These parts labels and order form document the upkeep of the many Imagineer-designed effects housed with one of Disney’s most popular attractions, the Haunted Mansion.
The idea for the iconic attraction came about years before Disneyland’s opening, when Walt Disney called upon artist Harper Goff to create some of the earliest concept designs for his ambitious theme-park project. Though it didn’t make the cut as an opening-day attraction, development on the project continued as artists Ken Anderson and Sam McKim joined Goff in helping determine the look and style of the Mansion. Further along in the process, the conceptual artwork of Marc Davis and Claude Coats became instrumental in the attraction’s design. Rolly Crump, who envisioned a companion attraction called the “Museum of the Weird,” which never came to fruition, but lent several design elements to the finished Mansion, contributed greatly to the project, as well. He and Yale Gracey were chiefly responsible for creating the attraction’s many visual effects. X. Atencio helped solidify a storyline and penned, along with composer Buddy Baker, the now-famous “Grim Grinning Ghosts” theme. The façade of the Mansion was constructed along with the park’s New Orlean’s Square expansion, which opened in the summer of 1966, though the attraction itself wouldn’t be up and running for another three years. Initially conceived as a walk-through, plans were altered during this time to incorporate the recently-developed Omnimover vehicle system. Finally, almost two decades after talks first began of a haunted-house-style attraction, a midnight press event extending into the wee hours of August 12, 1969, revealed the spooky, plantation-style Haunted Mansion in all its ghostly glory. A couple years later, a second mansion—a variant Gothic-revival structure—debuted at the grand opening of Walt Disney World’s Magic Kingdom on October 1, 1971.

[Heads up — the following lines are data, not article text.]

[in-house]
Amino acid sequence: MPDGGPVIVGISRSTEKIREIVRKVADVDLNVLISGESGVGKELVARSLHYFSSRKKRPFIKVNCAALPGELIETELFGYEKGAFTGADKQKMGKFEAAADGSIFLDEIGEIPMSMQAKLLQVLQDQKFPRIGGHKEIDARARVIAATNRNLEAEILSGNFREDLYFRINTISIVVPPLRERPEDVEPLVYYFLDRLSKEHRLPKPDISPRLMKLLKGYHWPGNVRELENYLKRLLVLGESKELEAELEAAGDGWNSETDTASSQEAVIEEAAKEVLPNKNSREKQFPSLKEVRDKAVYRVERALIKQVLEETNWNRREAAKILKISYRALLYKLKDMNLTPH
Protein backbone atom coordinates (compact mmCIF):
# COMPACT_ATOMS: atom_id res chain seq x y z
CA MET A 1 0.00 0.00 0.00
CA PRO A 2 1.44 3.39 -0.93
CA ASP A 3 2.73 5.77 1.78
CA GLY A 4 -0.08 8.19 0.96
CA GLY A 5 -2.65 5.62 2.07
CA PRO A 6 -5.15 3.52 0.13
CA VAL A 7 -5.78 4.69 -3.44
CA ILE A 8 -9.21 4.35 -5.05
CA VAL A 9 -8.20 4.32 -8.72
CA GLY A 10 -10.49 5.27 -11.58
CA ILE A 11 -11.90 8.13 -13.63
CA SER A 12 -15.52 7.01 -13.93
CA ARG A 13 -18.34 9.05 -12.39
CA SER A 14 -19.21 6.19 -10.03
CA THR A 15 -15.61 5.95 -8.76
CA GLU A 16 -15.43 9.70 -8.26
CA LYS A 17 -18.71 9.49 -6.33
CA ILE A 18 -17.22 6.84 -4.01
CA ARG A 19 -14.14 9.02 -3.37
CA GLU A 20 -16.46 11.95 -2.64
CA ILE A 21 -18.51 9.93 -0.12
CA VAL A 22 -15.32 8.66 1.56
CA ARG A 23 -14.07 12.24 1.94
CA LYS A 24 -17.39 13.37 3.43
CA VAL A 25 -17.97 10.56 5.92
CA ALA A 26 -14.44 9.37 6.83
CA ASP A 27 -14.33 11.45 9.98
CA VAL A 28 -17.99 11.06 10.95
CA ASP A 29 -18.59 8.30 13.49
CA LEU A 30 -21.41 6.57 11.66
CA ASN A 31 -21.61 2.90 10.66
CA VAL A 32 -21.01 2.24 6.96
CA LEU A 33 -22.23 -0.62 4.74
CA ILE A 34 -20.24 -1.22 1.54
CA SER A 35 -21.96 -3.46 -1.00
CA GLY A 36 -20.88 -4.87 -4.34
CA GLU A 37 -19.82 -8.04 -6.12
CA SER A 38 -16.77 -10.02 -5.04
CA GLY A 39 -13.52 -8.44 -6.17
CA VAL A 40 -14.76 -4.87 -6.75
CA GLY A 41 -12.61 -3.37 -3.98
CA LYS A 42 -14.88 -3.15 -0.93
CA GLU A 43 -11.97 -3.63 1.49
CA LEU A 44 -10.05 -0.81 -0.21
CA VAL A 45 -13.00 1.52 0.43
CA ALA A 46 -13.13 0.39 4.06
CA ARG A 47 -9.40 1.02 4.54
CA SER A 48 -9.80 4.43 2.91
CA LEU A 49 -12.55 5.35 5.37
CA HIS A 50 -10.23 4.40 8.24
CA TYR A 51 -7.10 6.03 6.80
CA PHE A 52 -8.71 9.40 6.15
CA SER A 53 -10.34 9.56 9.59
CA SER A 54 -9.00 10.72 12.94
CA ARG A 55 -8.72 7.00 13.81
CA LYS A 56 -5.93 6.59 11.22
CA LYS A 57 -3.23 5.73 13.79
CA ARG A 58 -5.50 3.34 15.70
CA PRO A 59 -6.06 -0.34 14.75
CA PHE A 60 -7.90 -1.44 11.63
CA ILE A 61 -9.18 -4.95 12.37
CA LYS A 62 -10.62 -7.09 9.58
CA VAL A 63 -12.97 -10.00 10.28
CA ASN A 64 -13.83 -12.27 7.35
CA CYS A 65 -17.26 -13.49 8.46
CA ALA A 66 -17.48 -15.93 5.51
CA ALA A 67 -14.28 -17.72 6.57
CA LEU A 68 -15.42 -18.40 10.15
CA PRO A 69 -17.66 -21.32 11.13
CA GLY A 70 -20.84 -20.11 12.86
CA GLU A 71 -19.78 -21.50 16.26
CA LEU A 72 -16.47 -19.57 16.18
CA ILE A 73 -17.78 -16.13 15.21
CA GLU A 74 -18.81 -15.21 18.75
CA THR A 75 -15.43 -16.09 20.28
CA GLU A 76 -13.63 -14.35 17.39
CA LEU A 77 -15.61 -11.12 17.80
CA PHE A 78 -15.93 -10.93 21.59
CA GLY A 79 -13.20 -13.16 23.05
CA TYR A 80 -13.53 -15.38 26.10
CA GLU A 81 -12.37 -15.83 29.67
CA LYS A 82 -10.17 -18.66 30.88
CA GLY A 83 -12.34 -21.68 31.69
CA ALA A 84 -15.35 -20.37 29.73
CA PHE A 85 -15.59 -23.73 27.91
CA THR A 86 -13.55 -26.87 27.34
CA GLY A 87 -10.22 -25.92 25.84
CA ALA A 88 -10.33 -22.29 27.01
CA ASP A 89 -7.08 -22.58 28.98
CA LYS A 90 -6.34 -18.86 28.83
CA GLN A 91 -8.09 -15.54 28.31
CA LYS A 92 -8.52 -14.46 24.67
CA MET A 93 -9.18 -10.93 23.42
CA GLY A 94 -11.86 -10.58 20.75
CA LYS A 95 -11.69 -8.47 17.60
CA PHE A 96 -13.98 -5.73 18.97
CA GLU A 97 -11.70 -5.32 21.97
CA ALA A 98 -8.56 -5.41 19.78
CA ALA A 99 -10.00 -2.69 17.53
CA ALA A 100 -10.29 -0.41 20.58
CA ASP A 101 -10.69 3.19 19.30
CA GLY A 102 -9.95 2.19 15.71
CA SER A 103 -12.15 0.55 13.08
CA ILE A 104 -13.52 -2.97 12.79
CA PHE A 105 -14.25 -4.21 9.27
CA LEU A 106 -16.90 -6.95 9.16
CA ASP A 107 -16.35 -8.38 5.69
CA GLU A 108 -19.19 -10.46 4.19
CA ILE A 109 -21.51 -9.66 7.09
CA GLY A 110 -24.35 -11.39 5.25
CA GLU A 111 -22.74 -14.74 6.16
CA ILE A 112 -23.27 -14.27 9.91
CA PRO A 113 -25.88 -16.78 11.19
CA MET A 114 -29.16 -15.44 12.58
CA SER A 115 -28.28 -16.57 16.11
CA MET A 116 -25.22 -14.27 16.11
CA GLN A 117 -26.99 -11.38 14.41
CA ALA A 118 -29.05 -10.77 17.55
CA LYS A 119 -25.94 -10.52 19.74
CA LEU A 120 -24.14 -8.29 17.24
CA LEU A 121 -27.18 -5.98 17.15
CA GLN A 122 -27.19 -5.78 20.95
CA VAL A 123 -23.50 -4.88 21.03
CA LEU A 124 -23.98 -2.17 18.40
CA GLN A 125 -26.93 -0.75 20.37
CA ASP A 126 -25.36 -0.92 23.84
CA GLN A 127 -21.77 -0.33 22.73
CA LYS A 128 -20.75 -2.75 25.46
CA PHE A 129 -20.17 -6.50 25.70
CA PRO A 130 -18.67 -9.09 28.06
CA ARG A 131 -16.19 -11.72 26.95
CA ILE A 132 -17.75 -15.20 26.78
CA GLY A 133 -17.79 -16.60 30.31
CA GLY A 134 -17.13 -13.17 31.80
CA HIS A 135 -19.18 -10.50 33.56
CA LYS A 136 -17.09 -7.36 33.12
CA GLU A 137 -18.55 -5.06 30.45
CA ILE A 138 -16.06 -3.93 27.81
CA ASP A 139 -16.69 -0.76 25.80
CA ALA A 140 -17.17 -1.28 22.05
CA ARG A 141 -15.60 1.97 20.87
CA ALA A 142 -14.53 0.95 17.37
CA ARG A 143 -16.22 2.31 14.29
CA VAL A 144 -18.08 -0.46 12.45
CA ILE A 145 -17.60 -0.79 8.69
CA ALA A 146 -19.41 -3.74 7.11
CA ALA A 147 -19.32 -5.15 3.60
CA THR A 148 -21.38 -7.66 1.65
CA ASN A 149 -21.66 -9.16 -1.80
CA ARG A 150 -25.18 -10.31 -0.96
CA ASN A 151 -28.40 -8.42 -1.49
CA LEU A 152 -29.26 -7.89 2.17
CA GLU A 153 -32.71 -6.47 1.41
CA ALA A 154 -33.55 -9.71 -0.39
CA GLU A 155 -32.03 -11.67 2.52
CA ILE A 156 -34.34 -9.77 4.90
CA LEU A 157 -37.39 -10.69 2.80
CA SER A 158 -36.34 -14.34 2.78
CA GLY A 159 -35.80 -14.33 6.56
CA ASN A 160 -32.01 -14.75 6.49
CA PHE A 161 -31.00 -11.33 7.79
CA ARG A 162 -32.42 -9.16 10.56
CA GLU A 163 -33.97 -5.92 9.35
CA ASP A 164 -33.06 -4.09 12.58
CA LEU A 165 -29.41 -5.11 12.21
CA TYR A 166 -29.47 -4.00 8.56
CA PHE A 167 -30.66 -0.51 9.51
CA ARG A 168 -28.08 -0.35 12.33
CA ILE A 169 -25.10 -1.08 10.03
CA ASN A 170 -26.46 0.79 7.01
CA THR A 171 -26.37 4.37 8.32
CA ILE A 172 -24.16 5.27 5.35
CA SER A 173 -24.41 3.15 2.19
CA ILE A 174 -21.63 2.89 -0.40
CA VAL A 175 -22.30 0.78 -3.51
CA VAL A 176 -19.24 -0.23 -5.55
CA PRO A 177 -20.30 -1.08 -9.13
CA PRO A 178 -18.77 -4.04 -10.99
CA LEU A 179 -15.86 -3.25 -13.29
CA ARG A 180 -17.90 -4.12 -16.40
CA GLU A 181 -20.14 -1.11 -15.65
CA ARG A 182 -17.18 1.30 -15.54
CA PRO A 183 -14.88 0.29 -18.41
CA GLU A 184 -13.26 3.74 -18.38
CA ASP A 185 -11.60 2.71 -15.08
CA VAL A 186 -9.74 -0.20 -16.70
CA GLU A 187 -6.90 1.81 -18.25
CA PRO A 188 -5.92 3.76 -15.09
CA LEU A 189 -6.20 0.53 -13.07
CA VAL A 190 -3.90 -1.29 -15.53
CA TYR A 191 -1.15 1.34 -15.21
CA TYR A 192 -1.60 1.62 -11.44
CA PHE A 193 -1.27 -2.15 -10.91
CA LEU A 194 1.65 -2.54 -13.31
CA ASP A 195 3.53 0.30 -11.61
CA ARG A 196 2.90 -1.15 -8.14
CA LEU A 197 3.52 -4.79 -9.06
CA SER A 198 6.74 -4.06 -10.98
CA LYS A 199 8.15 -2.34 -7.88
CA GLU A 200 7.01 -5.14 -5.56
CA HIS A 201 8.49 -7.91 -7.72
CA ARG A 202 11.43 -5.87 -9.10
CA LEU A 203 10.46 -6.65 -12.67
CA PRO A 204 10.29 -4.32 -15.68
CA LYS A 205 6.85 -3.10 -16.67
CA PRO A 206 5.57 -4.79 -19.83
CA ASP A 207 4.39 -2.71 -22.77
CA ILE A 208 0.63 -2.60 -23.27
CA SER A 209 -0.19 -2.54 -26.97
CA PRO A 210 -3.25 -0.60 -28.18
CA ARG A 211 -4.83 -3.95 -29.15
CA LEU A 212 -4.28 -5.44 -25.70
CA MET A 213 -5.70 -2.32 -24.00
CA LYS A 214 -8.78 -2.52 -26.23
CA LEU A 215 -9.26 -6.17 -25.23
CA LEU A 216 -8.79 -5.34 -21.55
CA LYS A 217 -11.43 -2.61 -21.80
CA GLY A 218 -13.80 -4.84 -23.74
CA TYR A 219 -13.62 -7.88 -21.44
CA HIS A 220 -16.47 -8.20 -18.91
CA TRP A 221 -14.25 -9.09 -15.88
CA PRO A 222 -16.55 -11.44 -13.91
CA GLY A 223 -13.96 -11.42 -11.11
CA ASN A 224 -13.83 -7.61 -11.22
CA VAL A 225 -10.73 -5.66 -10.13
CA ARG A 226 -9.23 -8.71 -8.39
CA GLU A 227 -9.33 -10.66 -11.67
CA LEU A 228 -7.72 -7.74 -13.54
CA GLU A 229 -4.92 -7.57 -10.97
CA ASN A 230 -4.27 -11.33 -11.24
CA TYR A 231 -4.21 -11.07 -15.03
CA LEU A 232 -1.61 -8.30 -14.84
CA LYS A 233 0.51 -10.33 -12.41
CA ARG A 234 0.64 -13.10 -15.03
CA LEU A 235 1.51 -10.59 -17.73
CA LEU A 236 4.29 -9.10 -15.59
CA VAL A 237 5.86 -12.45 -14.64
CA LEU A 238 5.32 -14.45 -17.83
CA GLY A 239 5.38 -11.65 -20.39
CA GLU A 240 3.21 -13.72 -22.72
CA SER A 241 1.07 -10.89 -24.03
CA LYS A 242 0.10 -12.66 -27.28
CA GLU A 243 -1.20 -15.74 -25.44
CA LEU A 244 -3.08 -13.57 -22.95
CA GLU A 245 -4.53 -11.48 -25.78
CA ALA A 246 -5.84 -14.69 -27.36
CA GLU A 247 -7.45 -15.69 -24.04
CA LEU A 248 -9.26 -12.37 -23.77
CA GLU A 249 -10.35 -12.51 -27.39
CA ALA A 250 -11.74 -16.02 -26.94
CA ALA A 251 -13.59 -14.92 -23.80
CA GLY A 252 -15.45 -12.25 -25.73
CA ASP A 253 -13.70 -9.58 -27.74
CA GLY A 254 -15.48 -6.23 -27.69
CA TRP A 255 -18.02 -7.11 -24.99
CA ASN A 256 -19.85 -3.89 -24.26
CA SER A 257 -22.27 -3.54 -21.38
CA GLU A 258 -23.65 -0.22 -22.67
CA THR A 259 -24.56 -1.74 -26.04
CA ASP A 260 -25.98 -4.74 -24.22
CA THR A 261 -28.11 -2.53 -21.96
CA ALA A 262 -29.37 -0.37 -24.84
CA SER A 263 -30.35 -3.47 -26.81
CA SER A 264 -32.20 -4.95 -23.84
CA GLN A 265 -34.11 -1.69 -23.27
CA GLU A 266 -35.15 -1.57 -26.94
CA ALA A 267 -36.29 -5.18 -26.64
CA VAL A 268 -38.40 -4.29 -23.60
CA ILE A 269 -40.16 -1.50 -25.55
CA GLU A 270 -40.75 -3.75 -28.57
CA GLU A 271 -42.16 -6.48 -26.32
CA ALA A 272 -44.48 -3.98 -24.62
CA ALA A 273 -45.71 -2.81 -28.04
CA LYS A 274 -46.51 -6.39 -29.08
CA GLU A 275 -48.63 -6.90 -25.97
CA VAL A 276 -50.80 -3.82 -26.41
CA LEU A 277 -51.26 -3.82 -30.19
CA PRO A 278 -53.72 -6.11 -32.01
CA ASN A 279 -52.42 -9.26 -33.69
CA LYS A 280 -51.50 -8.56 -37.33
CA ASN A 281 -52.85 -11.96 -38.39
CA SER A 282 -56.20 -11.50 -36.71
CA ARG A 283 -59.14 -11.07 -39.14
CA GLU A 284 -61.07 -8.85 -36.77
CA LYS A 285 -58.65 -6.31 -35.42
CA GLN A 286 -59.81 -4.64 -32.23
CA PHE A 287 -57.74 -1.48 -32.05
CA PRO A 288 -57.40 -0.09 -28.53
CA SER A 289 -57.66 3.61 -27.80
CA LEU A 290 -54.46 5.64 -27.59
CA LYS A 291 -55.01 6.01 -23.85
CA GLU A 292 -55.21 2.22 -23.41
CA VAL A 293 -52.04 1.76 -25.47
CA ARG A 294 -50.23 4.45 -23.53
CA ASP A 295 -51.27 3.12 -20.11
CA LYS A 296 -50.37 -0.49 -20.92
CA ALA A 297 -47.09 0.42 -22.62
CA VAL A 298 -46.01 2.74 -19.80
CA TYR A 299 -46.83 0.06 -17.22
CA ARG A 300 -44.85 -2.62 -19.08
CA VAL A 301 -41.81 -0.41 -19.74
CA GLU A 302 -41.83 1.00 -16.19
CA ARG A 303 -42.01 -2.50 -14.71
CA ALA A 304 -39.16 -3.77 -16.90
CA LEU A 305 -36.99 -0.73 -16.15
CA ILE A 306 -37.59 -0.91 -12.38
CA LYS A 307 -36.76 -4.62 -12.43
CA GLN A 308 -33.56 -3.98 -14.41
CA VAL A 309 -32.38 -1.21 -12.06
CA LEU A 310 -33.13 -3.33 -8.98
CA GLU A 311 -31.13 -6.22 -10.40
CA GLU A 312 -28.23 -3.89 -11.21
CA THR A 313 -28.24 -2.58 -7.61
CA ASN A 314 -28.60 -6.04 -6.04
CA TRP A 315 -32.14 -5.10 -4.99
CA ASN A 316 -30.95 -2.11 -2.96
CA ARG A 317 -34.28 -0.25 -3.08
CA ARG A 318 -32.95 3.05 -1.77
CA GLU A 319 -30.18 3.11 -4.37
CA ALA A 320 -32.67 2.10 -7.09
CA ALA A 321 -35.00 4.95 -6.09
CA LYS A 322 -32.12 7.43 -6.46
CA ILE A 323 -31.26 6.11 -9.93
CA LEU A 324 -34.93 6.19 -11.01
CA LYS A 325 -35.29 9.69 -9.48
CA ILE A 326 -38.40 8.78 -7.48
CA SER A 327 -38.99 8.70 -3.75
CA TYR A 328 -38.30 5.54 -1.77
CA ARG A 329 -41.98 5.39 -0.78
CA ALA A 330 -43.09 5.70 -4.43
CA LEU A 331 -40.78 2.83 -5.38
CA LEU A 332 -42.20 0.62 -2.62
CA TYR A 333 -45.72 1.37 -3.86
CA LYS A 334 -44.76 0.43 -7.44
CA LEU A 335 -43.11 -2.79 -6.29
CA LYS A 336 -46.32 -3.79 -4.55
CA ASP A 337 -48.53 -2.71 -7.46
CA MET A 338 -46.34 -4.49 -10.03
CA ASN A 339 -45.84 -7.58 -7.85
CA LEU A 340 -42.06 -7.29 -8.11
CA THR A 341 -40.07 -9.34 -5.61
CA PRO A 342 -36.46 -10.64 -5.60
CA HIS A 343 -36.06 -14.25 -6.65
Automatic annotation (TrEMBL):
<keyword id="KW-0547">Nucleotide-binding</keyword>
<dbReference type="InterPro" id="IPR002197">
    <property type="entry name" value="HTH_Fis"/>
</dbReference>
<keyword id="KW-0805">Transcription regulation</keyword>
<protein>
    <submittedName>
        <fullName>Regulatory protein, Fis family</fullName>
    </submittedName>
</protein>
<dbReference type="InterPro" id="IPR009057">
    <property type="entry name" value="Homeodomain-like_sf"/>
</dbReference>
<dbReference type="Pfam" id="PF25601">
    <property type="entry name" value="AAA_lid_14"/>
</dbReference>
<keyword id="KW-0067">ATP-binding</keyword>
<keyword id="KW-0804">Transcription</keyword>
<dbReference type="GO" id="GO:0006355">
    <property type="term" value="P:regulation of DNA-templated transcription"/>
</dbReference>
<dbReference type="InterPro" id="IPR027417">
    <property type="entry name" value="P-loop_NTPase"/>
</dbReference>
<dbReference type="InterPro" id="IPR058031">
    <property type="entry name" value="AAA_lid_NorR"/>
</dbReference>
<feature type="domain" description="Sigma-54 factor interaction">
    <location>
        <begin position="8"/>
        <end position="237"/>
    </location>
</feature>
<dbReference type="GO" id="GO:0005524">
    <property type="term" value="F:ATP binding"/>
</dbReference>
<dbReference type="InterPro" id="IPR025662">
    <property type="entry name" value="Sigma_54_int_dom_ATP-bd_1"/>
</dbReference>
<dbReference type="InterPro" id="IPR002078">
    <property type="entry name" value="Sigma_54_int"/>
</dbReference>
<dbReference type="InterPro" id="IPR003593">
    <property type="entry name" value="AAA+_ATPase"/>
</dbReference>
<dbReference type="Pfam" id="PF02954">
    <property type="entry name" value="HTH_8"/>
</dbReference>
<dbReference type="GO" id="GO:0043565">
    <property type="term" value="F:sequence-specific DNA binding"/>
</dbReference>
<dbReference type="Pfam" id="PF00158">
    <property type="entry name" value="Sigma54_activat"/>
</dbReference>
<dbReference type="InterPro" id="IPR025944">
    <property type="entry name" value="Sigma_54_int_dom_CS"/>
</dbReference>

These parts labels were received in the spring of 2012 by Imagineers and maintenance technicians in an order shipment from Siemens Industries to the Florida-based Haunted Mansion attraction. As indicated on the labels, the order included mirrors used in the “Ghost Bride” projection-mapping effect in the attraction’s Attic Scene, as well as an industrial push-button switch, used in the attraction’s electrical operations. Also included is a parts re-order form, filled out in the hand of a Mansion technician, for an Uninterruptible Power Supply (UPS) to be used with the computer systems controlling the famed Stretch Room effects.
This rare documentation of the Haunted Mansion’s inner-workings provides a glimpse of the ever-evolving Imagineered technology that powers one of the most iconic theme-park attractions of all time—birthed as a simple idea and a few rough sketches all those years ago at the Walt Disney Studios.